Market-neutral butterfly call spread

A market-neutral butterfly call spread has its maximum profit if the market price of the underlying currency changes not at all.

To implement a market-neutral butterfly call spread, a trader buys one call that has an in-the-money strike price, buys one call that has an out-of-the-money strike price and sells two calls that have an at-the-money strike price. At implementation, the purchases and sales will produce a net debit to the trader’s account.

  • If, at expiration, the price of the underlying is unchanged, then the two short calls expire worthless and the trader benefits by the amount for which he or she sold them. The call the trader purchased in the money has a positive payoff. The out-of-the-money call the trader purchased expires worthless. This outcome produces the maximum possible profit from a market-neutral butterfly call spread.
  • If, at expiration, the price of the underlying is higher than at implementation, then the trader’s net proceeds will be less than the maximum possible because the payoffs of the two short calls will be positive.
  • If, at expiration, the price of the underlying is lower than at implementation, then the trader’s net proceeds will be less because the payoff of his or her long, in-the-money call will be less.

On a price rise, the strategy’s long, out-of-the-money call limits losses.

The strategy’s maximum possible loss is equal to the net debit required to establish the spread.

Market-neutral butterfly put spread

A market-neutral butterfly spread achieves its maximum profit if the market price of the underlying currency changes not at all. In the case of large, unforeseen price moves in the underlying currency, the long out-of-the-money option and the long in-the-money option limit potential losses.

Given these relationships, a trader can establish a market-neutral butterfly spread with calls or with puts.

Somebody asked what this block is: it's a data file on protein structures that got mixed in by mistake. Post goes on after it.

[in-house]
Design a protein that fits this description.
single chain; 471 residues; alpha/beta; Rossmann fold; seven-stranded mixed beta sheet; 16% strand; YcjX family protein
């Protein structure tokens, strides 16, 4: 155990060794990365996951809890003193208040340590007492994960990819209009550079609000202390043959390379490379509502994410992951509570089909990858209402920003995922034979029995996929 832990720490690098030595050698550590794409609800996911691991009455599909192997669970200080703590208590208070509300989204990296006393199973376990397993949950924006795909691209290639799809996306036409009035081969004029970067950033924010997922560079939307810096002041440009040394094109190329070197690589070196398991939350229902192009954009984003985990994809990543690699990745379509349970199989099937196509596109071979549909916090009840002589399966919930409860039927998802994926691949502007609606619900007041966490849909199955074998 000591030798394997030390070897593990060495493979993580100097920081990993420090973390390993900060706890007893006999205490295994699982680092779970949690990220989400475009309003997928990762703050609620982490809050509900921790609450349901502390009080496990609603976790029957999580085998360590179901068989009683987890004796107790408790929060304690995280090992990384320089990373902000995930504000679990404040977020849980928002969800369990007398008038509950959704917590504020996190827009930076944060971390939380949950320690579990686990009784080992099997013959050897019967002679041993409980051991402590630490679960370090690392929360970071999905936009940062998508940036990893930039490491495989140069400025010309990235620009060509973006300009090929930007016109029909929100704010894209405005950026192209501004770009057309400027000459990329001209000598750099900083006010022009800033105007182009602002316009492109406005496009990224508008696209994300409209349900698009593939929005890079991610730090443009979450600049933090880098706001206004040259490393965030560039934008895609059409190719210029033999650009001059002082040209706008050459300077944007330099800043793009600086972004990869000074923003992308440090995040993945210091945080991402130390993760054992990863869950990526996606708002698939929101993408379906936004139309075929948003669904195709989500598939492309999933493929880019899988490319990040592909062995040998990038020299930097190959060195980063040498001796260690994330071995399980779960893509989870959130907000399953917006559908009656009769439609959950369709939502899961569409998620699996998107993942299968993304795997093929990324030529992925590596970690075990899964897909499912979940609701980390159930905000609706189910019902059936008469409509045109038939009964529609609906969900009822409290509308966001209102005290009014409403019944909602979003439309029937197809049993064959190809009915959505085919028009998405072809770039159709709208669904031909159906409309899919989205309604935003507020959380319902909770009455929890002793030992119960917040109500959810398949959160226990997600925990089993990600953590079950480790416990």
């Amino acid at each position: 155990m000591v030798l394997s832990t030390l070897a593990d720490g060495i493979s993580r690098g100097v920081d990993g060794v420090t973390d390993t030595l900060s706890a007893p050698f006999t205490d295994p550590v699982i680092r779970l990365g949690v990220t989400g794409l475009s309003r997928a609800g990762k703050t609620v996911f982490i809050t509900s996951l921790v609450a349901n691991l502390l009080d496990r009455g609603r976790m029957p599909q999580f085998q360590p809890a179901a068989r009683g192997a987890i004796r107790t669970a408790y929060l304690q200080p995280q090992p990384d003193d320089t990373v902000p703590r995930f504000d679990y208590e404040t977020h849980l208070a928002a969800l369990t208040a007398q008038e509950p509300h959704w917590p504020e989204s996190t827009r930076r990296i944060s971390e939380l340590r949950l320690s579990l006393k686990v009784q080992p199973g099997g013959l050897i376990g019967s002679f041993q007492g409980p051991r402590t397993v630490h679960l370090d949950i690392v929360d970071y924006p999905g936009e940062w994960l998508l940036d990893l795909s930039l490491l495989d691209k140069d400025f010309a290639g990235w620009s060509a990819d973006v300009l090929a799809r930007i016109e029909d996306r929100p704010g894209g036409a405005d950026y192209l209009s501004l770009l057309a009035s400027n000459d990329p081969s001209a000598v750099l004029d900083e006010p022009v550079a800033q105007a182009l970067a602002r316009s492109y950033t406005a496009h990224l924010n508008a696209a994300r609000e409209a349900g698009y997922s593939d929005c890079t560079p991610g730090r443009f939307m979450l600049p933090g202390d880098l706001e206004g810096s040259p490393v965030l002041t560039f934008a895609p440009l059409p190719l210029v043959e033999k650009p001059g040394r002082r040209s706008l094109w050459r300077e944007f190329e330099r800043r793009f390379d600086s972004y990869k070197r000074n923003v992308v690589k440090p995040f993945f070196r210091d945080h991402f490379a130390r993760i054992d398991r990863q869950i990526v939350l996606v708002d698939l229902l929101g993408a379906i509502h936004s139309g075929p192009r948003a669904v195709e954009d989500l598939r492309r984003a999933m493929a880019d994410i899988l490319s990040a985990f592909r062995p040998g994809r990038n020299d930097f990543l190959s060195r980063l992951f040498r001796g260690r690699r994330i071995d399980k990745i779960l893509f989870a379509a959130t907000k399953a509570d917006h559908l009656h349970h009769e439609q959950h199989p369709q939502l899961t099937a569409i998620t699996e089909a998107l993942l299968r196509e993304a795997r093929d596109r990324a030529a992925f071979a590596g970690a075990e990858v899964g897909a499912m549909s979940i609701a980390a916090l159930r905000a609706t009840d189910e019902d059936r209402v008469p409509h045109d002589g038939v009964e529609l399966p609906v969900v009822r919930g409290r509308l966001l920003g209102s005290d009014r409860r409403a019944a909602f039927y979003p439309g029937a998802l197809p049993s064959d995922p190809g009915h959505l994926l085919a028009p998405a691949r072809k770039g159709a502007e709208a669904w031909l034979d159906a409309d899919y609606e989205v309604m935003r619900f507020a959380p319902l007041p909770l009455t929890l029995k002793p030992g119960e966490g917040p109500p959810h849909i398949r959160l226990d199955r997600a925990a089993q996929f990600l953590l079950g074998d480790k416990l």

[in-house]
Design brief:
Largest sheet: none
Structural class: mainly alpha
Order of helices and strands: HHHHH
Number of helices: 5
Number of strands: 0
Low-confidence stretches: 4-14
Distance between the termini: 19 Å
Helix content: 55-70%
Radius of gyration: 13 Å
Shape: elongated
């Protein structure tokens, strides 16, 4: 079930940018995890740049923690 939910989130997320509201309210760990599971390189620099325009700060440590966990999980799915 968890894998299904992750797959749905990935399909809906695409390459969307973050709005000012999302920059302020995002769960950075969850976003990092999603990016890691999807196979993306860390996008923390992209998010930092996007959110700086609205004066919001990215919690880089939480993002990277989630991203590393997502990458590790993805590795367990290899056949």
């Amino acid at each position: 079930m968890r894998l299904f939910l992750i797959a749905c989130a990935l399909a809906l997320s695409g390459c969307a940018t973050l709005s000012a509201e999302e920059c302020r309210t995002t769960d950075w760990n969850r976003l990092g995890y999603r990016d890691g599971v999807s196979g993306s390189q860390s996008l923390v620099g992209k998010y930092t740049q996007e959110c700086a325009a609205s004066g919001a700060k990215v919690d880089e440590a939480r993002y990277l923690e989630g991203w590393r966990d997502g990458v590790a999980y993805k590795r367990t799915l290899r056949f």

Bullish butterfly call spread

If a trader expects the price of the underlying currency to rise and wishes to establish a butterfly spread, he or she would follow the same steps as for a market-neutral butterfly call spread but adjust the three strike prices upward by the amount that he or she expects the price of the underlying to rise over the options’ time to expiration.

Maximum profit will occur if the price of the underlying rises to but does not go above the strike prices of the short calls.

Bearish butterfly put spread

If a trader expects the price of the underlying currency to fall and wishes to establish a bearish butterfly spread, he or she would sell two puts that have a strike price equal to the lowest level to which he or she thinks the underlying currency is likely to go over the options’ time to expiration, buy one put that has a strike price higher than that of the two short puts, and buy one put that has a strike price lower than that of the two short puts.

The trader will achieve maximum profit if, at expiration, the price of the underlying has reached but not gone below the strike price of the two short puts.

Should the price of the underlying fall by more than expected, the trader’s long, lower-strike-price put limits his or her losses.

Should the price of the underlying not fall at all or even rise, the trader’s potential loss is limited to the net debit of establishing the spread.

Summary

  • Spreads (cont) (Calendar spreads, Market-neutral call calendar spreads, Bullish call calendar spreads, Market-neutral put calendar spreads, Bearish put calendar spreads, Market-neutral butterfly call spread, Market-neutral butterfly put spread, Bullish butterfly call spread, Bearish butterfly put spread)

Next: Chapter Three

×

Level Review

ok